Voices for Kids Blog

Blog Entries

Where Does CHIP Stand Now?

| October 10, 2017 |

For families, providers, advocates, state officials, governors, and members of Congress, September 30th was a significant day in the world of CHIP, the Children’s Health Insurance Program. That’s the day that the funding for CHIP expired. Over the last twenty years, along with Medicaid, CHIP coverage has brought the children’s uninsured rate to a record low of 5%. Across the country, CHIP covers almost 9 million kids. Though advocates and state officials have been pushing for CHIP’s funding renewal since January, the repeal and replace ACA bills took up all the health policy space in Congress over the last six months.

Failing to pass a funding renewal for CHIP by the end of September seems to have prompted the two mark-up hearings we saw last week, one in the Senate Finance Committee and the other in the House Energy and Commerce Committee. Each committee marked up a different bill, but the policies included are closely aligned. The House bill was part of a package of bills that were marked up and all included some type of pay-fors. The Senate bill did not contain a pay-for for CHIP.  Read More

First Focus Statement on the Child Tax Credit

| October 6, 2017 |

via Flickr / berenicegg

Last week, officials from the White House, Senate and House of Representatives (known as the “Big Six”) released a framework for overhauling the tax system in the U.S. The framework states an intention to positively impact working families through a “significant increase” to the Child Tax Credit, yet it provides few specifics.

The few details that are included signal that the improvements needed to the Child Tax Credit to truly have a positive financial impact for children and families with the greatest need, such as full refundability, will not be made. Further, any increase to the Child Tax Credit would be offset by the elimination of exemptions that currently benefit working class families.

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Study Shows Americans Agree: Poor Child Well-Being is a Top Issue

| October 3, 2017 |

Recently the Public Religion Research Institute (PRRI) released national survey results on perspectives of Americans on child and family well-being in the U.S., with a focus on Americans’ attitudes on issues such as social group affinity, optimism on the country’s future, views of government, child welfare and criminal justice policies, and confidence in child welfare institutions.

The survey highlights perspectives from the Southeast and Southwest., where child poverty is highest, and breaks down responses based on race and ethnicity, political affiliation, and generation.

Some highlights:

  • The majority of Americans (63 percent) believe that child poverty is one of the most pressing issues facing the U.S. This includes 73 percent of Democrats, 61 percent of Independents, and 45 percent of Republicans. This is much higher than the percentage of 45 percent of Americans who believe overall poverty is a critical issue.

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Nine Million Reasons to Extend CHIP Funding Now

| September 20, 2017 |

EDITOR’S NOTE: This was originally published on Medium.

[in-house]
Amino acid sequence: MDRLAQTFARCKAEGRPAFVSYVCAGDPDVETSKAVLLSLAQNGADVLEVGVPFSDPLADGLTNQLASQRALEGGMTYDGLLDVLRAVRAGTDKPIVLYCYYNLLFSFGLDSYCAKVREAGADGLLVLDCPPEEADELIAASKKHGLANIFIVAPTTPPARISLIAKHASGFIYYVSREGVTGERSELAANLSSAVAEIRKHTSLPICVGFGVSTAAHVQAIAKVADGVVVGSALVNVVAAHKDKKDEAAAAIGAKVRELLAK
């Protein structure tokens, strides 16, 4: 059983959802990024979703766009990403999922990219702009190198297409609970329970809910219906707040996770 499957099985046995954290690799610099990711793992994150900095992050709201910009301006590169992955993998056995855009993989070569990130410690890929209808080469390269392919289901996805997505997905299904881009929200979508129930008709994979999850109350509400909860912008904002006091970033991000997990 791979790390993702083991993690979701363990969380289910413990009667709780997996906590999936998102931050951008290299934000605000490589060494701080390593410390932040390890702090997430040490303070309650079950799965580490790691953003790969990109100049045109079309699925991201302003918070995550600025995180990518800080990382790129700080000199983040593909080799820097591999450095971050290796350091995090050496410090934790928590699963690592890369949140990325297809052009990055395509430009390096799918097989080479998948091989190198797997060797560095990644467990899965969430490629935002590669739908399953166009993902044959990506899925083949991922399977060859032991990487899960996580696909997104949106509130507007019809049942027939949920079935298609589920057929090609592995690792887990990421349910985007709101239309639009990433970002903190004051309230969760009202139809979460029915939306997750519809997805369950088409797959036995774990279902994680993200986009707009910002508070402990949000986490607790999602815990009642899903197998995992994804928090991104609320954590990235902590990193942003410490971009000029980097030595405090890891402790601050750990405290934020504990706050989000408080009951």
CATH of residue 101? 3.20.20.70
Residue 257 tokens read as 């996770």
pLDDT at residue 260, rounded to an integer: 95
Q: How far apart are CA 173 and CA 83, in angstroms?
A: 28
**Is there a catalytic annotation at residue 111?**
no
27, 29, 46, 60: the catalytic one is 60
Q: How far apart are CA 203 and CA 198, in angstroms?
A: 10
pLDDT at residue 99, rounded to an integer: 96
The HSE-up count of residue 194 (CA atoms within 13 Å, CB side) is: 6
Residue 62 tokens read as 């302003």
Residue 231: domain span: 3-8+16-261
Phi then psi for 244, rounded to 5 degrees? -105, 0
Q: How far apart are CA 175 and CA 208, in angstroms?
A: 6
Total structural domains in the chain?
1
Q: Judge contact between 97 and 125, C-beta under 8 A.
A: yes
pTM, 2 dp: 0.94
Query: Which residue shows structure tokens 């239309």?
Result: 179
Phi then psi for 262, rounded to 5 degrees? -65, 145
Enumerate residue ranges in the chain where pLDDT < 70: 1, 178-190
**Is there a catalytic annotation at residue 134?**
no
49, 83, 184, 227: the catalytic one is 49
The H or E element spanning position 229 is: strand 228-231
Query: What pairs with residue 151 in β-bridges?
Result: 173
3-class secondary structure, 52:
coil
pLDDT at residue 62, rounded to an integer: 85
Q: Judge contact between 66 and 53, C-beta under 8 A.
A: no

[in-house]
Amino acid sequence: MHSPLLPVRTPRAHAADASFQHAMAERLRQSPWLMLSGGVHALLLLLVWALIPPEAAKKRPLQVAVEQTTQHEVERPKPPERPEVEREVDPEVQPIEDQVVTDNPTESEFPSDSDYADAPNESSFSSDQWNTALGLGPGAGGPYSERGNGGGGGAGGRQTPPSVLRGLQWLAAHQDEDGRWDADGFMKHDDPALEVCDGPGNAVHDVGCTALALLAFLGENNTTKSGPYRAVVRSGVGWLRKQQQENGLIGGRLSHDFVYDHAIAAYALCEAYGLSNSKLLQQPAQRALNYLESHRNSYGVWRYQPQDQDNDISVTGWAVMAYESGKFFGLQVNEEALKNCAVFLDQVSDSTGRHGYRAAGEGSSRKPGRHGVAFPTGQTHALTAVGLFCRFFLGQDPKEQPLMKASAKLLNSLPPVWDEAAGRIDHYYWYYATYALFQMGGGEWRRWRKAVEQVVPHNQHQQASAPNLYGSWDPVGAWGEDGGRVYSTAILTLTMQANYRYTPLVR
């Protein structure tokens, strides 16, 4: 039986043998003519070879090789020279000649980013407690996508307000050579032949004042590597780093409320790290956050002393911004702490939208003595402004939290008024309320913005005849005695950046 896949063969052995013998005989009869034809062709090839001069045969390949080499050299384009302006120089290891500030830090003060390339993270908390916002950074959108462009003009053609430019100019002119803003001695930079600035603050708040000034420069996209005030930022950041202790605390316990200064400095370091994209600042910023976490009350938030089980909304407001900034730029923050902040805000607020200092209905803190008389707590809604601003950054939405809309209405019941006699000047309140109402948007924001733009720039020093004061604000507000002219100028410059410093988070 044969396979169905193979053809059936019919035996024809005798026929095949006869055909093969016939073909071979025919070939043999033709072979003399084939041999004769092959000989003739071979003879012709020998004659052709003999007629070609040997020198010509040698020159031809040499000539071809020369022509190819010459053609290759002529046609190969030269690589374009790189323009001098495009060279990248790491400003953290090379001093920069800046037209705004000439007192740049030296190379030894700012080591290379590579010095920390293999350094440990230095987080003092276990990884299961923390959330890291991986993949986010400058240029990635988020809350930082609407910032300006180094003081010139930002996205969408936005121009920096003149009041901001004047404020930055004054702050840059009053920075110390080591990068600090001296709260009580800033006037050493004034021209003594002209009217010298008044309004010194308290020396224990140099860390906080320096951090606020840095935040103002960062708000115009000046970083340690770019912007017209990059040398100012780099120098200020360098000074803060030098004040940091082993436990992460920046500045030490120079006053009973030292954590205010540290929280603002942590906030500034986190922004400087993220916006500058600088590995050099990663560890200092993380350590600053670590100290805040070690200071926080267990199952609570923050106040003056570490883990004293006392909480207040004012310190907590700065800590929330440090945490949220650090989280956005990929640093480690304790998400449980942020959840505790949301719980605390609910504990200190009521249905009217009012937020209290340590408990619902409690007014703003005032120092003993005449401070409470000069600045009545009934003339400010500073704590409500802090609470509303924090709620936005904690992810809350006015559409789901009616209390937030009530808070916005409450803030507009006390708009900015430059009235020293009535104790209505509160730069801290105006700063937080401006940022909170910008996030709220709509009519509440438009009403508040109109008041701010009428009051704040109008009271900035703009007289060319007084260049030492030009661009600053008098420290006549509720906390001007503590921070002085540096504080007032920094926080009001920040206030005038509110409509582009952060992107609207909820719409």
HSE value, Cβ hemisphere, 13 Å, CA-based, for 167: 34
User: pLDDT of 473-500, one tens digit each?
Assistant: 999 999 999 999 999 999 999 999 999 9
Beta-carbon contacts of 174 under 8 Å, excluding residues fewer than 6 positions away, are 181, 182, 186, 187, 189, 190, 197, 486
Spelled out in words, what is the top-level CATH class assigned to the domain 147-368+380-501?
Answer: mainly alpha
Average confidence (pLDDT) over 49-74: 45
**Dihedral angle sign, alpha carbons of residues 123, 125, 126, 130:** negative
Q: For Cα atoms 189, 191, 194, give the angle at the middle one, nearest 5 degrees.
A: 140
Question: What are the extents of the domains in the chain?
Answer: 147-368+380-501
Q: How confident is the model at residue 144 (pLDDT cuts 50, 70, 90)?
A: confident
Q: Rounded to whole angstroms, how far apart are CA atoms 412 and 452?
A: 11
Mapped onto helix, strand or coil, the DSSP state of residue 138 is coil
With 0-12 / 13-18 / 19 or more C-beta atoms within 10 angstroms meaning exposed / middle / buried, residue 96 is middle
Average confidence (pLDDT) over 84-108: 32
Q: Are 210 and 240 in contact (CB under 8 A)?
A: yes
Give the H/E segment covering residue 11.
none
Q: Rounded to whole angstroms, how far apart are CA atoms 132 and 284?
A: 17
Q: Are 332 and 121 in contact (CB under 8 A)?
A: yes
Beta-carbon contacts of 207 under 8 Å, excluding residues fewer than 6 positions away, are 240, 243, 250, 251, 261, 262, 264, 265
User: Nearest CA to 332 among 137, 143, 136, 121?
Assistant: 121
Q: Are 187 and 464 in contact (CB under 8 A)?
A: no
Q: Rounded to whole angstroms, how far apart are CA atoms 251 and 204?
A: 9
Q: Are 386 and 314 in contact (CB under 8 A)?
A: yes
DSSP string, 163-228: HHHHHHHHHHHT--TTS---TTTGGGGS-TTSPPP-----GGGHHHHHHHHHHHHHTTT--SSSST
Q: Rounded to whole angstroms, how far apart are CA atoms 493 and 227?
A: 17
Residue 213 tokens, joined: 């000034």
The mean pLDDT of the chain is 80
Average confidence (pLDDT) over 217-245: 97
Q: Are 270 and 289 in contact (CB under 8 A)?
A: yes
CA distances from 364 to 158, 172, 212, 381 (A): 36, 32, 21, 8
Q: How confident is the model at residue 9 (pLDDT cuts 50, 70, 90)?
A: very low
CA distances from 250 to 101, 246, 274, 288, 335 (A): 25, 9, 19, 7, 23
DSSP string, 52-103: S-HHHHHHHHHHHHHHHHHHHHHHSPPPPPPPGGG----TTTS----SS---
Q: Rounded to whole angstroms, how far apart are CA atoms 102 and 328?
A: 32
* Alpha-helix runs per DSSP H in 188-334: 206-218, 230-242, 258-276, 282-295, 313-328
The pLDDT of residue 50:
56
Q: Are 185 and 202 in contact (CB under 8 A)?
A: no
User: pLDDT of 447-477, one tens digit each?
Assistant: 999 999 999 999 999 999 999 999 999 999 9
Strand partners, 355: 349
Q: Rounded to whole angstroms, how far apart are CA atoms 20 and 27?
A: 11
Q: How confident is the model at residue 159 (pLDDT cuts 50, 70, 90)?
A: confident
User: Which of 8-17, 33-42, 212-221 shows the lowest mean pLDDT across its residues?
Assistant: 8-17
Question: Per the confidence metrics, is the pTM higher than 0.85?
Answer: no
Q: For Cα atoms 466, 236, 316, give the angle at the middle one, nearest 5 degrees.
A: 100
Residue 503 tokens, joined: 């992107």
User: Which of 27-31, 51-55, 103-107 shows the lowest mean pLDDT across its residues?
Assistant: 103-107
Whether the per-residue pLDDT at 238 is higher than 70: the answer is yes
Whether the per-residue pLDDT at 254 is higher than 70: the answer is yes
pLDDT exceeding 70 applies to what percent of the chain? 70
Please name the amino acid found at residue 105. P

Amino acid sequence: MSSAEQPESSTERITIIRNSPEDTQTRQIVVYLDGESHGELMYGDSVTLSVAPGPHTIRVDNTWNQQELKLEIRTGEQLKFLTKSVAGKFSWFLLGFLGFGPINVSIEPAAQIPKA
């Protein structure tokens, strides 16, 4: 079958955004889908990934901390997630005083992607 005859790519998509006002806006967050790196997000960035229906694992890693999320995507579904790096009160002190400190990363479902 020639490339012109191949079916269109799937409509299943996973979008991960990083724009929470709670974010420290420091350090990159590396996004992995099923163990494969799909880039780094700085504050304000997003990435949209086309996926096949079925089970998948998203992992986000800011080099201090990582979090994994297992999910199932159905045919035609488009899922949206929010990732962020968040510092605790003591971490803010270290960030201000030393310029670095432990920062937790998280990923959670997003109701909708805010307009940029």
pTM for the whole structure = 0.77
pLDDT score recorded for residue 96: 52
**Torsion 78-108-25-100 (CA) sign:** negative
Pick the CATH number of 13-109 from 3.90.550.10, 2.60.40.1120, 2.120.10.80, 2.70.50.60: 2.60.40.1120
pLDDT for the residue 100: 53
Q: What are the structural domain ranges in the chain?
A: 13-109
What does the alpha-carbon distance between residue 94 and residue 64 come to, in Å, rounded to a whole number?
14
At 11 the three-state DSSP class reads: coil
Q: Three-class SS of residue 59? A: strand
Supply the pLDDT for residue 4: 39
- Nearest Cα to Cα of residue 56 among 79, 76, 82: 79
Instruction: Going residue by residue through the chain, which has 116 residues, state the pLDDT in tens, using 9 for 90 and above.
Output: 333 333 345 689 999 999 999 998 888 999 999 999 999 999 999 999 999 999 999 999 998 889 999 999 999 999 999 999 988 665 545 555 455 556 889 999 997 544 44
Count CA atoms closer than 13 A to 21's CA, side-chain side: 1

In the midst of the chaos that is Washington, D.C., Congress is gambling with the health and well-being of nearly 9 million children, as funding for the Children’s Health Insurance Program (CHIP) is set to expire on September 30th.

It is not like congressional leadership didn’t know this was coming. Two years ago, over 1,500 groups urged Congress to extend CHIP for through 2019, but in its infinite wisdom, House leadership chose to only extend CHIP for two years and set the date for funding to expire just days from now. In other words, this September 30th deadline was self-imposed, and yet, both the House and Senate are on a path to fail to extend CHIP funding in a timely manner. (In sharp contrast, can you imagine, a scenario where Congress would allow funding for the entire Medicare program to expire in this manner?).  Read More

West Virginia Event Highlights Need to Put Kids First in Federal Budget

| September 19, 2017 |

A Huntington woman reads to a group of children as part of the KidsFest theme “Healthy Minds, Healthy Bodies, and Healthy Futures.”

EDITOR’S NOTE: This was originally published at the Children’s Budget Coalition website.

What does it look like to make children and families a priority in federal policy and budget decisions? KidsFest 2017, an annual community event led by the United Way of the River Cities in Huntington, West Virginia, is a great example.

This year, KidsFest was held on September 17 at Ritter Park in Huntington, West Virginia. The festivities welcomed local children and their families to enjoy an afternoon of fun, centered around the theme of “Healthy Minds, Healthy Bodies, and Healthy Futures.” A wide range of service providers were available to educate children and parents on issues like substance abuse, nutrition, early learning, safety, and more. Children’s Health Fund, a member of the Children’s Budget Coalition, made an especially exciting appearance at this event, bringing their West Virginia Children’s Health Project mobile medical clinic—directed by Dr. Isabel Pino—to raise the importance of consistent access to pediatric care. The Herald Dispatch, the local newspaper, took notice of Dr. Pino’s efforts, featuring her in their front page article about the event.  Read More